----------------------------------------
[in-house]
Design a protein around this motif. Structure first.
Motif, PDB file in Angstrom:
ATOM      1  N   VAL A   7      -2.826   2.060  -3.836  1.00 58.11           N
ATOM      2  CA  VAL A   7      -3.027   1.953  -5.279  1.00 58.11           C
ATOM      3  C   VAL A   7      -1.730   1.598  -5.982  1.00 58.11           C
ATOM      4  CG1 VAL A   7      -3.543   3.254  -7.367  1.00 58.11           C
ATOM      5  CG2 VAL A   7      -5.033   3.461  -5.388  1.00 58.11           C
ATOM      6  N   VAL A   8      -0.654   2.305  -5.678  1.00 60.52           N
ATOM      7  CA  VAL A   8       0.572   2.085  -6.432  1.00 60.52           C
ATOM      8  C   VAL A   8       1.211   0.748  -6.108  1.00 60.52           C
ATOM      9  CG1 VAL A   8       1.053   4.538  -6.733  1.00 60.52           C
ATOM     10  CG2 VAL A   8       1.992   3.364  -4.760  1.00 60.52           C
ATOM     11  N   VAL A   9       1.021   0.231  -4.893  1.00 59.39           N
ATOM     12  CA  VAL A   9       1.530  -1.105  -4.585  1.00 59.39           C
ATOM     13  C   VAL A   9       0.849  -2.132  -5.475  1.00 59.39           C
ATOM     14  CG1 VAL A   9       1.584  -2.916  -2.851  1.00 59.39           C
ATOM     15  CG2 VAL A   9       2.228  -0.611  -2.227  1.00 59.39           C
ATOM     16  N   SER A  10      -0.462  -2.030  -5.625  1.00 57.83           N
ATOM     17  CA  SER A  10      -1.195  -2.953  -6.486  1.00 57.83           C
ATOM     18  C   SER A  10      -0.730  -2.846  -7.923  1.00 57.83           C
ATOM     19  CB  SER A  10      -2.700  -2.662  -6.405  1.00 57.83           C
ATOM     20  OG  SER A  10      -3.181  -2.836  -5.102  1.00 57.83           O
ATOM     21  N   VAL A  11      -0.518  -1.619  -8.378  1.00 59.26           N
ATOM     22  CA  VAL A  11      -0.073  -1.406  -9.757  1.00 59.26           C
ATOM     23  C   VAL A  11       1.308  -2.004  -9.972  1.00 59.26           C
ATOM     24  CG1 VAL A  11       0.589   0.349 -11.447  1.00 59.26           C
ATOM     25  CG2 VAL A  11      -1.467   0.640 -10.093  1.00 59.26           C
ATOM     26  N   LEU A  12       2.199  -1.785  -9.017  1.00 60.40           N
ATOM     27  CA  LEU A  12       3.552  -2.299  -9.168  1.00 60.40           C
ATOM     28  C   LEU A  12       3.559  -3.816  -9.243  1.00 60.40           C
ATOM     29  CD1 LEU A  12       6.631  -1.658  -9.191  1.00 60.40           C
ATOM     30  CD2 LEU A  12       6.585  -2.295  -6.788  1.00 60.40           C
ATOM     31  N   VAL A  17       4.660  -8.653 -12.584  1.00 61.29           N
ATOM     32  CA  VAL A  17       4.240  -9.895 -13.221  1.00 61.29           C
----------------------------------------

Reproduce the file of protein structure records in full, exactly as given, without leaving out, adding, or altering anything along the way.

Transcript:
[in-house]
Design a protein around this motif. Structure first.
Motif, PDB file in Angstrom:
ATOM      1  N   VAL A   7      -2.826   2.060  -3.836  1.00 58.11           N
ATOM      2  CA  VAL A   7      -3.027   1.953  -5.279  1.00 58.11           C
ATOM      3  C   VAL A   7      -1.730   1.598  -5.982  1.00 58.11           C
ATOM      4  CG1 VAL A   7      -3.543   3.254  -7.367  1.00 58.11           C
ATOM      5  CG2 VAL A   7      -5.033   3.461  -5.388  1.00 58.11           C
ATOM      6  N   VAL A   8      -0.654   2.305  -5.678  1.00 60.52           N
ATOM      7  CA  VAL A   8       0.572   2.085  -6.432  1.00 60.52           C
ATOM      8  C   VAL A   8       1.211   0.748  -6.108  1.00 60.52           C
ATOM      9  CG1 VAL A   8       1.053   4.538  -6.733  1.00 60.52           C
ATOM     10  CG2 VAL A   8       1.992   3.364  -4.760  1.00 60.52           C
ATOM     11  N   VAL A   9       1.021   0.231  -4.893  1.00 59.39           N
ATOM     12  CA  VAL A   9       1.530  -1.105  -4.585  1.00 59.39           C
ATOM     13  C   VAL A   9       0.849  -2.132  -5.475  1.00 59.39           C
ATOM     14  CG1 VAL A   9       1.584  -2.916  -2.851  1.00 59.39           C
ATOM     15  CG2 VAL A   9       2.228  -0.611  -2.227  1.00 59.39           C
ATOM     16  N   SER A  10      -0.462  -2.030  -5.625  1.00 57.83           N
ATOM     17  CA  SER A  10      -1.195  -2.953  -6.486  1.00 57.83           C
ATOM     18  C   SER A  10      -0.730  -2.846  -7.923  1.00 57.83           C
ATOM     19  CB  SER A  10      -2.700  -2.662  -6.405  1.00 57.83           C
ATOM     20  OG  SER A  10      -3.181  -2.836  -5.102  1.00 57.83           O
ATOM     21  N   VAL A  11      -0.518  -1.619  -8.378  1.00 59.26           N
ATOM     22  CA  VAL A  11      -0.073  -1.406  -9.757  1.00 59.26           C
ATOM     23  C   VAL A  11       1.308  -2.004  -9.972  1.00 59.26           C
ATOM     24  CG1 VAL A  11       0.589   0.349 -11.447  1.00 59.26           C
ATOM     25  CG2 VAL A  11      -1.467   0.640 -10.093  1.00 59.26           C
ATOM     26  N   LEU A  12       2.199  -1.785  -9.017  1.00 60.40           N
ATOM     27  CA  LEU A  12       3.552  -2.299  -9.168  1.00 60.40           C
ATOM     28  C   LEU A  12       3.559  -3.816  -9.243  1.00 60.40           C
ATOM     29  CD1 LEU A  12       6.631  -1.658  -9.191  1.00 60.40           C
ATOM     30  CD2 LEU A  12       6.585  -2.295  -6.788  1.00 60.40           C
ATOM     31  N   VAL A  17       4.660  -8.653 -12.584  1.00 61.29           N
ATOM     32  CA  VAL A  17       4.240  -9.895 -13.221  1.00 61.29           C